MetaTrader 5 Platform Updated with Negative Price Capabilities
MetaQuotes, the company that created the industry-standard MetaTrader 4 and 5 trading platforms, announced this Friday that it has rolled out a series of updates to its MT5 platform, including adding negative price capabilities.
MetaQuotes said this Friday that it had introduced negative prices into its platform as a direct response to the negative oil futures earlier this month.
Read more on the MetaTrader 5 Updates here.
How Has the BTC Futures Landscape Shifted After COVID-19 & Bitcoin Halving?
In a Finance Magnates Analysis, we looked at how Bitcoin futures trading has grown significantly on some exchanges and whether this occurred at the expense of others.
We discussed how has price volatility affected the crypto derivatives space and the crypto sphere post-COVID-19 and post Bitcoin Halving.
No stone was left unturned in this must-read analysis
PLUGIT Launches YOONIT V2.0Go to article >>
Read more on the BTC Futures landscape here.
Did the 2008 Financial Crisis Hit the Market Harder Than COVID-19?
Finance Magnates Intelligence took the volatility during the last two crises – the financial crisis of 2008 and this year’s COVID-19-inspired volatility under the magnifying glass, checking when price fluctuations were greatest.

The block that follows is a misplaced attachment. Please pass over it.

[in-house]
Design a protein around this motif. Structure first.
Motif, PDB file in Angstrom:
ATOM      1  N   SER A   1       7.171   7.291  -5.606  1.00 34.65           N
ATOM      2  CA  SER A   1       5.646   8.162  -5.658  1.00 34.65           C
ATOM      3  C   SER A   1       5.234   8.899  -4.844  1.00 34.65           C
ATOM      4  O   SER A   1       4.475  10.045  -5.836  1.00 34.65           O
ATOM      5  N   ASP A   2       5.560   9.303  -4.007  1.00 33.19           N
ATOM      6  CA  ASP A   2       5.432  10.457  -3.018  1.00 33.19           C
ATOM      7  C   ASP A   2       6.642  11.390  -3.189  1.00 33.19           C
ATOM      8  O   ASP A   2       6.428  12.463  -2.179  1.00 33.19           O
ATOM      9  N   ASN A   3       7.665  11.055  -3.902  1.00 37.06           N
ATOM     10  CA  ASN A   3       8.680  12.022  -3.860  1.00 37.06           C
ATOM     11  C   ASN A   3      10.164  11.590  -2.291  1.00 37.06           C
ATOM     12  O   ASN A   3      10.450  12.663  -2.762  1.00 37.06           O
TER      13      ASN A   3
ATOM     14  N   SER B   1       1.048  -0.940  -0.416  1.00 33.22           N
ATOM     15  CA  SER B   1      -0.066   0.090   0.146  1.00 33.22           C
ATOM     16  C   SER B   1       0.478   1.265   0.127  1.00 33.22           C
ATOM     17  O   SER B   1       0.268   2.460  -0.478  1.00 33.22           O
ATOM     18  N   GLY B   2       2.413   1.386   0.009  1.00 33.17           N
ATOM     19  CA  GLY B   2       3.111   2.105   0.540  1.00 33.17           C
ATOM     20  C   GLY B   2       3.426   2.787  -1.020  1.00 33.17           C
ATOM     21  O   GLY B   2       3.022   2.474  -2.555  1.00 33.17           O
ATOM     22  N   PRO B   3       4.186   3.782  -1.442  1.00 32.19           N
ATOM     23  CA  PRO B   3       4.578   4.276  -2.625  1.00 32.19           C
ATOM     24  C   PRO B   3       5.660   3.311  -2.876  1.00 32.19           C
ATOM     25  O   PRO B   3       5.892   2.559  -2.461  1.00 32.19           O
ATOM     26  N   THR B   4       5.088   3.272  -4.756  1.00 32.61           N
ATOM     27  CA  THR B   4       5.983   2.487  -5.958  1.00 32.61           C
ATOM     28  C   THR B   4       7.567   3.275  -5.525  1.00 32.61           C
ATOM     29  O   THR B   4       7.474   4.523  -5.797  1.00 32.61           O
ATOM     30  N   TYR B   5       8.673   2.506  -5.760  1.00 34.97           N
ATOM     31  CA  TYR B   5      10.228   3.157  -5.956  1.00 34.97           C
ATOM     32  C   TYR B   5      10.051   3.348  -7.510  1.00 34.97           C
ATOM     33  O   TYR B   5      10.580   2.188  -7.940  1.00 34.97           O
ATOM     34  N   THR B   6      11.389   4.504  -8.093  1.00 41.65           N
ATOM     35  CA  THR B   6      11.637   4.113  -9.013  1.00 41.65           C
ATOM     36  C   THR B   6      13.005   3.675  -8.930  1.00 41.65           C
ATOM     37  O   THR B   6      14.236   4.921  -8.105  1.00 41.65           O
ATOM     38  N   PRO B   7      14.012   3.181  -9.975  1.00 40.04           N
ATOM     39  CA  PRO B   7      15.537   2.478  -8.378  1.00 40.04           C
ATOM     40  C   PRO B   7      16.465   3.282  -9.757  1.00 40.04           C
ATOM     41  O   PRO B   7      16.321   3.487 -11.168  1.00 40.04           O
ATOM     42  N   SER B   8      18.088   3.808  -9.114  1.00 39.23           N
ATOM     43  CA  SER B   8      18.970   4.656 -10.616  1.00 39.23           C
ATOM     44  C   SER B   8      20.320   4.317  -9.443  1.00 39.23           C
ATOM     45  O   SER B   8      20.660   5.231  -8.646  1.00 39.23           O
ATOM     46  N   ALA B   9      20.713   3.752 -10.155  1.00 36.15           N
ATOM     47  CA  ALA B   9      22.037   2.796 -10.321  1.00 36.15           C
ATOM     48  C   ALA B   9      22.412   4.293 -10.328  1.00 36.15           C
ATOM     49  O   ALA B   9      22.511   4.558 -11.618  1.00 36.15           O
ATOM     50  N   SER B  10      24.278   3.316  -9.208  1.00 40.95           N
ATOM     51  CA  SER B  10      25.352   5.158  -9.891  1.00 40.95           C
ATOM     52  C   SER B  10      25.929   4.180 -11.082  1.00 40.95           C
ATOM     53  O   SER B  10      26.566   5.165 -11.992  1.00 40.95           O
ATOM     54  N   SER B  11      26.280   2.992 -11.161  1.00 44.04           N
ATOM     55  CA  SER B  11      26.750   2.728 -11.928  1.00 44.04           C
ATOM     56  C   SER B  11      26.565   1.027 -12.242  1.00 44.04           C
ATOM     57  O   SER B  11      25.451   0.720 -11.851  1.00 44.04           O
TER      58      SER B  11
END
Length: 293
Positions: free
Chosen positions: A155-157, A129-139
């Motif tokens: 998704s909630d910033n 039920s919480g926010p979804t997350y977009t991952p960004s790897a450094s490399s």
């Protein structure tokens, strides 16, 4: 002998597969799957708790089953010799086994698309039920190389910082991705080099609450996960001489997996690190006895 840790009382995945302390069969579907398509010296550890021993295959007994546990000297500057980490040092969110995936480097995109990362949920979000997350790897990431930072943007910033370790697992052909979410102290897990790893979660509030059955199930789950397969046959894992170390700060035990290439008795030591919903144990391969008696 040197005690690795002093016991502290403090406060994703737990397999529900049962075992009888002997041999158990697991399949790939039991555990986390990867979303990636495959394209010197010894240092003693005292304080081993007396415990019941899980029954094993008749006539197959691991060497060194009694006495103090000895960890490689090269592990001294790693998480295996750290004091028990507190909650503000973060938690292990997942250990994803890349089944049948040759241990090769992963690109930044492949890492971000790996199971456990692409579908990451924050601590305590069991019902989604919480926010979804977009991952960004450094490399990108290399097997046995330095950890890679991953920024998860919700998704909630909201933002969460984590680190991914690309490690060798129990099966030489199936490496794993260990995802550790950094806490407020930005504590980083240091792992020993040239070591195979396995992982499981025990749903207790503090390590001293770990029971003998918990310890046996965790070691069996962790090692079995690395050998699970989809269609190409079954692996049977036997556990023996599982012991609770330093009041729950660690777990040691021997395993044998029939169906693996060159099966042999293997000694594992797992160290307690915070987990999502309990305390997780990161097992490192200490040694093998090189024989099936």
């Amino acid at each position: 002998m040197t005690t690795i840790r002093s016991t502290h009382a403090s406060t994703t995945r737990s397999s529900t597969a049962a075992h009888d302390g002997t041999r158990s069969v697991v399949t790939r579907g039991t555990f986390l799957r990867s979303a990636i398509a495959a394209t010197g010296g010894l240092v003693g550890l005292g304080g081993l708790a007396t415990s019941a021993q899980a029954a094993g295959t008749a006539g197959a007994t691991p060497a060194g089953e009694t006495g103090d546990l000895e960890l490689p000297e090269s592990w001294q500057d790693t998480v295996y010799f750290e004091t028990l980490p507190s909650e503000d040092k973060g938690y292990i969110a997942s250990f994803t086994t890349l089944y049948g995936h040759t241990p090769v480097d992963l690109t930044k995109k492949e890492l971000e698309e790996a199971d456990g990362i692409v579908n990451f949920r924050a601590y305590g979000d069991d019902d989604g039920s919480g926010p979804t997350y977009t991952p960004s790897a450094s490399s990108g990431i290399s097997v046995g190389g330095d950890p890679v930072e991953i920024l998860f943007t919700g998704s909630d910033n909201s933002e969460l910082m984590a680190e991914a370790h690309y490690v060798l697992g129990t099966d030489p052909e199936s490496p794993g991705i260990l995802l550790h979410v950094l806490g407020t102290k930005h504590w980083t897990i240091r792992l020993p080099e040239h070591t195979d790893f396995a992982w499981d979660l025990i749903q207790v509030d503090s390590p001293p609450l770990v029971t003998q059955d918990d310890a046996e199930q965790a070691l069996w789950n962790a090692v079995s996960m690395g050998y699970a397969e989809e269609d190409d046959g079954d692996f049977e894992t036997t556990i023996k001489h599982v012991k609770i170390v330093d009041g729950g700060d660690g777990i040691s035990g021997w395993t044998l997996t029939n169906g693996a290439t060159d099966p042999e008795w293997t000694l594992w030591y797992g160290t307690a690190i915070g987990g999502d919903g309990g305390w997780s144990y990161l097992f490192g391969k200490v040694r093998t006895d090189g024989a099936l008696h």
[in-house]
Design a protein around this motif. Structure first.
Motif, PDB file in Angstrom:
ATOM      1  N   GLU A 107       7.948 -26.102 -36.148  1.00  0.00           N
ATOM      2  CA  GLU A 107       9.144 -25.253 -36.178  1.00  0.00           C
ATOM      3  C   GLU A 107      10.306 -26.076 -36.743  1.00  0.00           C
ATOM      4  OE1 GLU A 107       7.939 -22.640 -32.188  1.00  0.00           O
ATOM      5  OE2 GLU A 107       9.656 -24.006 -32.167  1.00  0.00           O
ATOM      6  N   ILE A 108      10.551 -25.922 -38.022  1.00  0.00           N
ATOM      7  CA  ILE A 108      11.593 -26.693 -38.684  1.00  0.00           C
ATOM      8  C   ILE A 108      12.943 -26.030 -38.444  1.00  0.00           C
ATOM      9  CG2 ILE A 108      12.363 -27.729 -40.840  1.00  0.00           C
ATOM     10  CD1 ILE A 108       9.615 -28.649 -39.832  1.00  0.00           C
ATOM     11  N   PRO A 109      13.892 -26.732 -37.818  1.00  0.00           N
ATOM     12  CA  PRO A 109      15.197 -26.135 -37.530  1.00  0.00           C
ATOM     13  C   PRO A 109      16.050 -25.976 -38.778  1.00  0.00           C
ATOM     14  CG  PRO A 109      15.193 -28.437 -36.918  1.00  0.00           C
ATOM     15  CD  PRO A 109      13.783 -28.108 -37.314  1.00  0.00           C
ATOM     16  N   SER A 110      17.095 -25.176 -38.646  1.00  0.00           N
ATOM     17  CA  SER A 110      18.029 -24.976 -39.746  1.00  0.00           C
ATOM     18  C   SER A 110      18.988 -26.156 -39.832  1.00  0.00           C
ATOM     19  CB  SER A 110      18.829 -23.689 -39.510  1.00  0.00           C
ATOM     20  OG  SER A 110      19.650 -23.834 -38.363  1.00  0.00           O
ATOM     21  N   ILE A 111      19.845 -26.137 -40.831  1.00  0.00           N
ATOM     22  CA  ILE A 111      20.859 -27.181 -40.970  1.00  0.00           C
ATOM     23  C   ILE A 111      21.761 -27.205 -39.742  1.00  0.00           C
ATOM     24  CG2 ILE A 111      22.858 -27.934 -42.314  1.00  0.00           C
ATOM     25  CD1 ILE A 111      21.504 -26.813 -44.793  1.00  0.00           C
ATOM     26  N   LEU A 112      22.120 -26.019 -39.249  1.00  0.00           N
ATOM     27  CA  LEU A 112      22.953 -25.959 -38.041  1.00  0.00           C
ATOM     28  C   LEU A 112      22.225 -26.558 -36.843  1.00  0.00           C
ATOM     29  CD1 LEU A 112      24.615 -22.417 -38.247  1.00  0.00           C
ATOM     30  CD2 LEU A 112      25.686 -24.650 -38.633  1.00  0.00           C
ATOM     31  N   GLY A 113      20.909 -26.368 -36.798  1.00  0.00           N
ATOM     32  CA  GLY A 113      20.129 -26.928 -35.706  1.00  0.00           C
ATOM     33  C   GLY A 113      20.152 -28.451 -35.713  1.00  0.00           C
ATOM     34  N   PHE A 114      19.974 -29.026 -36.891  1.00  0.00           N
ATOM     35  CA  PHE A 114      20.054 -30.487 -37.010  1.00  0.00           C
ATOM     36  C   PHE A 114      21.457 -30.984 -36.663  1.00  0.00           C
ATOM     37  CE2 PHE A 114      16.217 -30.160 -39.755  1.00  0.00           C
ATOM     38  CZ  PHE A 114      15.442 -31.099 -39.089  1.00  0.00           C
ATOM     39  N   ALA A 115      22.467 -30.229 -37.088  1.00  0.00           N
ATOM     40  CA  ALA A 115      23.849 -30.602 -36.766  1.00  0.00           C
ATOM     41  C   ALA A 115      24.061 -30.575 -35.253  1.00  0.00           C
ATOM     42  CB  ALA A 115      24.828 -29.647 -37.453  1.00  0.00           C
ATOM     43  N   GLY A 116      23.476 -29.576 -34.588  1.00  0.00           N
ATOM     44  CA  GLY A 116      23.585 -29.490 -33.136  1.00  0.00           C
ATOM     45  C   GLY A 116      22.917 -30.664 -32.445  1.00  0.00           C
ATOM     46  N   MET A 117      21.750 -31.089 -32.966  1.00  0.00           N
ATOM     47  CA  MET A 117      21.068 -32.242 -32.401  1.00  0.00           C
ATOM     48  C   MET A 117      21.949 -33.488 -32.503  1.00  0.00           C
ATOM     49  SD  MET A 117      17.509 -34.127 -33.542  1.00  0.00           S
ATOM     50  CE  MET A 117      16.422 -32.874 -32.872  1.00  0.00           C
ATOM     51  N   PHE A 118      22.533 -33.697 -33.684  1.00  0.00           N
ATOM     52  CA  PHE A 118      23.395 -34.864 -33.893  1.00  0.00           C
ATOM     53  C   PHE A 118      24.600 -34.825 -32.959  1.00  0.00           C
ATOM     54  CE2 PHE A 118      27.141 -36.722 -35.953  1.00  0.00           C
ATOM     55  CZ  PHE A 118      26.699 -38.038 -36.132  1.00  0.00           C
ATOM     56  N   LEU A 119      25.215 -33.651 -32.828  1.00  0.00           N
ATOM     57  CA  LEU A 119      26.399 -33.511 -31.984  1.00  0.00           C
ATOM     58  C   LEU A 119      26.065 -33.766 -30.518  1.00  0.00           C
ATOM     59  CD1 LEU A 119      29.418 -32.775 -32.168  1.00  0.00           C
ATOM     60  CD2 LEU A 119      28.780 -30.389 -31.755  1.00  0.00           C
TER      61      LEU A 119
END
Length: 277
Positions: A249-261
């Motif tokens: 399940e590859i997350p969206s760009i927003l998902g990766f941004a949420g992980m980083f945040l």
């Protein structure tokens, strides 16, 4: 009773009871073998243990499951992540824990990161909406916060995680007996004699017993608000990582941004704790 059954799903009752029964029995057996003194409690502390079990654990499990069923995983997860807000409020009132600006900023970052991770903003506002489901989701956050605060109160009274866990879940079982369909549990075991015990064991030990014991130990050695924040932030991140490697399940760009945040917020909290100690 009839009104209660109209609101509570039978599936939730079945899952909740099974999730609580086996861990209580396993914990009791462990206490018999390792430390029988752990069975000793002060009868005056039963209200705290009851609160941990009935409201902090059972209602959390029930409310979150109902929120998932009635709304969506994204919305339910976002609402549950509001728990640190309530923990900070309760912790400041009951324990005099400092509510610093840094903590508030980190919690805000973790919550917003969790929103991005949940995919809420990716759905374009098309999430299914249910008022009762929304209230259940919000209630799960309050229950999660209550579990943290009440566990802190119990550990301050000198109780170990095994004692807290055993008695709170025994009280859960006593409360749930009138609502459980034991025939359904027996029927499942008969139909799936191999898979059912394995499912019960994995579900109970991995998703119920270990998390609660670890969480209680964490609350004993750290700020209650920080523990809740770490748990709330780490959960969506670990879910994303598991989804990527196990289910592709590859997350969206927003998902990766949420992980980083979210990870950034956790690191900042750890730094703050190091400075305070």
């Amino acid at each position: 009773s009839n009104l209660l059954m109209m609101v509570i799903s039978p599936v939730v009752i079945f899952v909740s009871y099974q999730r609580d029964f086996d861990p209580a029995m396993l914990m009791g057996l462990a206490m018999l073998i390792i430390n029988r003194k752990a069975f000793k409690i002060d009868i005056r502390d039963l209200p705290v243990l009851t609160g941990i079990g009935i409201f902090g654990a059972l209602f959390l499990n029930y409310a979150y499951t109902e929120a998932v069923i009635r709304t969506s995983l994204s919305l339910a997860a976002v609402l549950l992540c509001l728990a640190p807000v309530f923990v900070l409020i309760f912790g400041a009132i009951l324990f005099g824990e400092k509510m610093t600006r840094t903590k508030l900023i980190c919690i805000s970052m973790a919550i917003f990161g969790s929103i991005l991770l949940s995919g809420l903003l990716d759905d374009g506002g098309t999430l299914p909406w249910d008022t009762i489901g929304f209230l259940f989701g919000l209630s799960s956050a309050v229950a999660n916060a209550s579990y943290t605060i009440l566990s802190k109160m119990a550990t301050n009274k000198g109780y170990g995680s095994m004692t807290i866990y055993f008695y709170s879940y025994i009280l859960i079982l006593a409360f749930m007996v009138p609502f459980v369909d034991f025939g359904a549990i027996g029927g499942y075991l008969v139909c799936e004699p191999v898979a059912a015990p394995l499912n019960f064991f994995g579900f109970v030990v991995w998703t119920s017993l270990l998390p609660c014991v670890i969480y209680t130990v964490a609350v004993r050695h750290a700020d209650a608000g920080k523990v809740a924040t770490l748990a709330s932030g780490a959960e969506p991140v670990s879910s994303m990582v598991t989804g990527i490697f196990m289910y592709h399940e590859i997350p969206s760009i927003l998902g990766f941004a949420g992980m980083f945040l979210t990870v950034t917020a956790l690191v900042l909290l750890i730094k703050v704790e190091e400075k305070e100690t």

In an intriguing taster of the full report, the comparison between the two periods throws up some surprising results.
Read more on the 2008 v 2020 analysis here.
Coinbase Buys Tagomi to Boost Institutional Trading
As Finance Magnates reported, Coinbase, the leading US-based crypto exchange, officially announced on Wednesday its acquisition of Tagomi, a crypto prime brokerage platform.
Details of the deal remain undisclosed. However, last November, rumors circulated in the media that Coinbase acquired Tagomi for $150 million. However, the exchange’s communications head publicly denied any such claims or its interest in Tagomi.
Read more on the Coinbase Tagomi Acquisition here.
Two Canadian Banks Set Aside C$4 billion for Coronavirus Credit Losses
Royal Bank and Bank of Montreal, Canada’s biggest and fourth-largest banks, respectively, have set aside an additional C$4 billion during the first quarter to cushion against loans that go bust, according to their recent financial reports.
Having missed analysts’ estimates for earnings, both Toronto-based firms said the unprecedented sum underscores the magnitude of the economic shock, vast uncertainty over the shape of a recovery. It also reflects new accounting standards that require banks to project losses over the life of loans.
Read more on the Royal Bank and Bank of Montreal Losses Projection here
US Court Approves FX-Rigging Lawsuit Against 15 Big Banks
As Finance Magnates covered on Friday, A United States court has agreed on permitting institutional investors to pursue a class-action lawsuit against 15 major banks for rigging forex rates.
Per the lawsuit, the accused banks were involved in manipulating the prices of $6.6 trillion-a-day in the forex currency benchmark rates between 2003 and 2013.
The defendants include banks like Bank of America, Barclays, BNP Paribas, Citigroup, Credit Suisse, Deutsche Bank, Goldman Sachs, HSBC, JPMorgan Chase, Morgan Stanley, Royal Bank of Canada, Royal Bank of Scotland, Societe Generale, Standard Chartered, and UBS, all of which sometimes controlled 90 percent of the forex market.
Read more on the Rigging US Forex Rates Lawsuit here.